A few months ago I went to collect a friend from hospital. Arriving early, I entered the waiting room and noticed in-house magazines stacked by the door. I picked one up, grabbed a coffee and took a seat.
The magazine read like a very long press release, blabbering on about patient-centric care and employee awards. I was quickly bored, so I read from my phone instead. The magazine failed in its purpose.
Effective content marketing holds people’s attention. It gives you a distinctive brand, loyal fans and increased sales. You don’t need a big budget to succeed, which is why good content marketing is the single best way to beat bigger competitors online.
Content marketing used to be about customer magazines and mailed newsletters. Now it covers blogs, email newsletters, eBooks, white papers, articles, videos and more. In this article, you will learn about content marketing techniques that you can apply to your business.
Your content should be persuasive. Pay close attention to how you speak and what you say.
Use Simple Language
Take the question below on Yahoo! Answers. To “sound intelligent,” this person would like to know “big words that replace everyday small words.”
Many people make this mistake. They use language that is unnecessarily complicated, usually to show off or to sound corporate and professional.
“Short words are best and the old words when short are best of all,” said Winston Churchill. So, don’t talk about “taking a holistic view of a company’s marketing strategy to deliver strategic insights, precise analysis and out-of-the-box thinking.”
Prefer “make” to “manufacture,” and “use” to “utilize.” While “quantitative easing” offers precision to economists, your personal finance audience would prefer “print money.”
Lauren Keating has studied the effect of scientific language on the persuasiveness of copy. She found that most people respond best to advertisements that contain no scientific language. People found them more readable and persuasive, and they felt more willing to buy the product. Lauren’s conclusion was clear: copy needs to be plain and simple.
Interesting people have opinions, and interesting brands are the same. Look at the amazing work of new search engine DuckDuckGo. It has positioned itself as the antithesis of Google, launching websites that criticize how the search giant tracks you and puts you in a bubble. The strategy is paying off: DuckDuckGo is seeing explosive growth.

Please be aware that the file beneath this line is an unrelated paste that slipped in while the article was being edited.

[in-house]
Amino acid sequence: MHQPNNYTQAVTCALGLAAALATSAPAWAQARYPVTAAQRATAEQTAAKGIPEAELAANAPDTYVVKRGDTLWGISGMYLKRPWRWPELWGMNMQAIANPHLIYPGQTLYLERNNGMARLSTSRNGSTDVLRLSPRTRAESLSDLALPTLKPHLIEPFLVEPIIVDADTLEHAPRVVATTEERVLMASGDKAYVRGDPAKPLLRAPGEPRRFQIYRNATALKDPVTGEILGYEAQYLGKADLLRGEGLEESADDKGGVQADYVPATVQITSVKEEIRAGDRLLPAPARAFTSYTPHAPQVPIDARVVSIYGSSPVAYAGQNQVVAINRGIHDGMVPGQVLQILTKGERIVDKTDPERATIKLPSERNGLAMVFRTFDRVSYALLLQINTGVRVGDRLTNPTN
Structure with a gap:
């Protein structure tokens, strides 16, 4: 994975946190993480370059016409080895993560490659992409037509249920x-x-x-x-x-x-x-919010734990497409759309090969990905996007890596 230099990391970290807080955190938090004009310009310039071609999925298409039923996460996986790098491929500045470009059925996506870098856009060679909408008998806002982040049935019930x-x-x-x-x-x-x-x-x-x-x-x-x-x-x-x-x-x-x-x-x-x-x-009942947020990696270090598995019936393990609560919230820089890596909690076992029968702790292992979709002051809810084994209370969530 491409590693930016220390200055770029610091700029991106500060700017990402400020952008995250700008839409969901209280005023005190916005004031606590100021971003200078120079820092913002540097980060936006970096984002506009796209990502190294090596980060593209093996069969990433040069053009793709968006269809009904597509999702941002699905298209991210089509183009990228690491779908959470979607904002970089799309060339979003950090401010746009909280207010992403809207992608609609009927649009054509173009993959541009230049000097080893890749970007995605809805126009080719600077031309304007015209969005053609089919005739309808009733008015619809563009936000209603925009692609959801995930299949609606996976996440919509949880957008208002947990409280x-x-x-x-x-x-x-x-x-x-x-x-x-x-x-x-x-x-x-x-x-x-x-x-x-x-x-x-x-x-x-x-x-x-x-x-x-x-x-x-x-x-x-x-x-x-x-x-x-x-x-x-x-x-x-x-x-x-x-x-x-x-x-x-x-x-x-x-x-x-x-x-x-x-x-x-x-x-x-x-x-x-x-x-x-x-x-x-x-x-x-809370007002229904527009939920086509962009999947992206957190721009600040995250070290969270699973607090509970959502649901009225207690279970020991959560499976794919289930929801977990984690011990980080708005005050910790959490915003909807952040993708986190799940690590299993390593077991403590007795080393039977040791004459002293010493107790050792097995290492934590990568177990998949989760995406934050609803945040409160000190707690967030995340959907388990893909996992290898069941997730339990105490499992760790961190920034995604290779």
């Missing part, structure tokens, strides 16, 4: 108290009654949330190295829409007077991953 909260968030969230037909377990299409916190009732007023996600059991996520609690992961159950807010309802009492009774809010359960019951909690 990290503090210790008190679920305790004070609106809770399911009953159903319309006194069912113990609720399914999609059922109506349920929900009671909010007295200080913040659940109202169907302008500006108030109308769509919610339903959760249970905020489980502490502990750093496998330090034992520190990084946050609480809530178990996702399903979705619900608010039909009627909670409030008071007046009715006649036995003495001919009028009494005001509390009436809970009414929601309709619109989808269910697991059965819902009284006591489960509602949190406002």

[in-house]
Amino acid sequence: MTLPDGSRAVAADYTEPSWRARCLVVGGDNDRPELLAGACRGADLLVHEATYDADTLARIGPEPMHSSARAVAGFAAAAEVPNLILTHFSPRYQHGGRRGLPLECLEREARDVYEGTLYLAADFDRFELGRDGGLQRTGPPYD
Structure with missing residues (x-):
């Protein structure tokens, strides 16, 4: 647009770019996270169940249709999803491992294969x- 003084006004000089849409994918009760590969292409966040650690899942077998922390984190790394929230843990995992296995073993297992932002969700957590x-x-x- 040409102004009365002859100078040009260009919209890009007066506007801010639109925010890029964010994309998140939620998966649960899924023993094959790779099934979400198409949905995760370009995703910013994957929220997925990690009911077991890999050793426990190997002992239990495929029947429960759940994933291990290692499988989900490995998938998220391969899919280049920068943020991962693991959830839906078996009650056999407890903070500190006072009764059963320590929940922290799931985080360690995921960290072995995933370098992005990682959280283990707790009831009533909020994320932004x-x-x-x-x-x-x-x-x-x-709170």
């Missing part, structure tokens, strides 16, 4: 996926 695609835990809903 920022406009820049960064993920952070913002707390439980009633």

DuckDuckGo is an alternative search engine that breaks you out of your Filter Bubble.
While this strategy is perfect for defeating a big incumbent, you don’t have to be openly hostile to your competitors. You can say what you think without mentioning their names.
Bear in mind that people are ideologically motivated. Brendan Nyhan and Jason Reifler’s study, “When Corrections Fail”, describes the “backfire effect” of trying to correct people’s deeply held beliefs. The authors found that contradicting people’s misconceptions actually strengthened those opinions. If people see you as an ideological ally (like a political party), they are more likely to agree with you on other issues — even ideologically inconsistent or non-ideological ones. You can use your opinions to attract people to your company: converting the agnostic or validating the views of allies.
As a small-scale brewer, for example, you might have a strong opinion on ale, believing in craft over mass production. You might think the market is dominated by big businesses that sacrifice quality for quantity. In this situation, you could use content marketing to talk about the best way to make beer. By stressing how seriously you take the development of your product, you communicate your opinion to those who share it without directly criticizing your competitors.
Think politically: consider the popularity of your views and whether they will attract media coverage. Ideally, your opinions should be bold and popular.
Sell the Benefits
In the same way that you sell your products and services, tell your audience the benefits of your content. This technique is essential if your audience doesn’t know what it wants.
PaperlessPipeline is a transaction management and document storage app for real estate brokers. Its founder, Dane Maxwell, had a creative idea to sell his product. The biggest problem for real estate brokers is recruiting. So, Dane invited them to a webinar titled “Recruiting Secrets of the 200-Plus Agent Office in Tennessee.” Brokers didn’t even know they needed to manage transactions, so he didn’t mention it in the invitation.
In the webinar, he introduced PaperlessPipeline and explained how it enables brokers to recruit more agents. The webinar attracted 120 guests, and “16 ended up buying at the end,” said Dane in an interview with Mixergy.
Imagine you run a company that develops technology for mobile phones, and you want to promote a new femtocell that boosts mobile reception in public spaces and rural areas. This technology could be valuable to people who want to improve mobile reception, but those people might not have heard of it.
So, instead of promoting the technology directly, offer content that focuses on the benefits. By using benefit-focused copy, you immediately tell the reader what’s in it for them.